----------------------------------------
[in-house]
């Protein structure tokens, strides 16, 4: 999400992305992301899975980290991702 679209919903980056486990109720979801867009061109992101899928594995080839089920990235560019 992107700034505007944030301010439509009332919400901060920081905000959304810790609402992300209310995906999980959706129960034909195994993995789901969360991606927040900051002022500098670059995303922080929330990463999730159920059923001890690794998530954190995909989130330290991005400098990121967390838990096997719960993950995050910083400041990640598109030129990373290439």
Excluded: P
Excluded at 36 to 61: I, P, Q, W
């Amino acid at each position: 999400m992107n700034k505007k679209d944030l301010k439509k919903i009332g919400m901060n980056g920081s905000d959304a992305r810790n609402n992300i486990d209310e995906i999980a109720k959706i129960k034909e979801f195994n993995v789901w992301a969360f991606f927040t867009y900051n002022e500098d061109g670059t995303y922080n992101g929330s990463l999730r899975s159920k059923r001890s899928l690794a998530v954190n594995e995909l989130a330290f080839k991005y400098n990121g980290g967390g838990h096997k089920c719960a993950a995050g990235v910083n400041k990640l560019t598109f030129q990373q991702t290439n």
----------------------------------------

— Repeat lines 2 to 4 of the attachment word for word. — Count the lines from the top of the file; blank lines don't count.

């Protein structure tokens, strides 16, 4: 999400992305992301899975980290991702 679209919903980056486990109720979801867009061109992101899928594995080839089920990235560019 992107700034505007944030301010439509009332919400901060920081905000959304810790609402992300209310995906999980959706129960034909195994993995789901969360991606927040900051002022500098670059995303922080929330990463999730159920059923001890690794998530954190995909989130330290991005400098990121967390838990096997719960993950995050910083400041990640598109030129990373290439």
Excluded: P
Excluded at 36 to 61: I, P, Q, W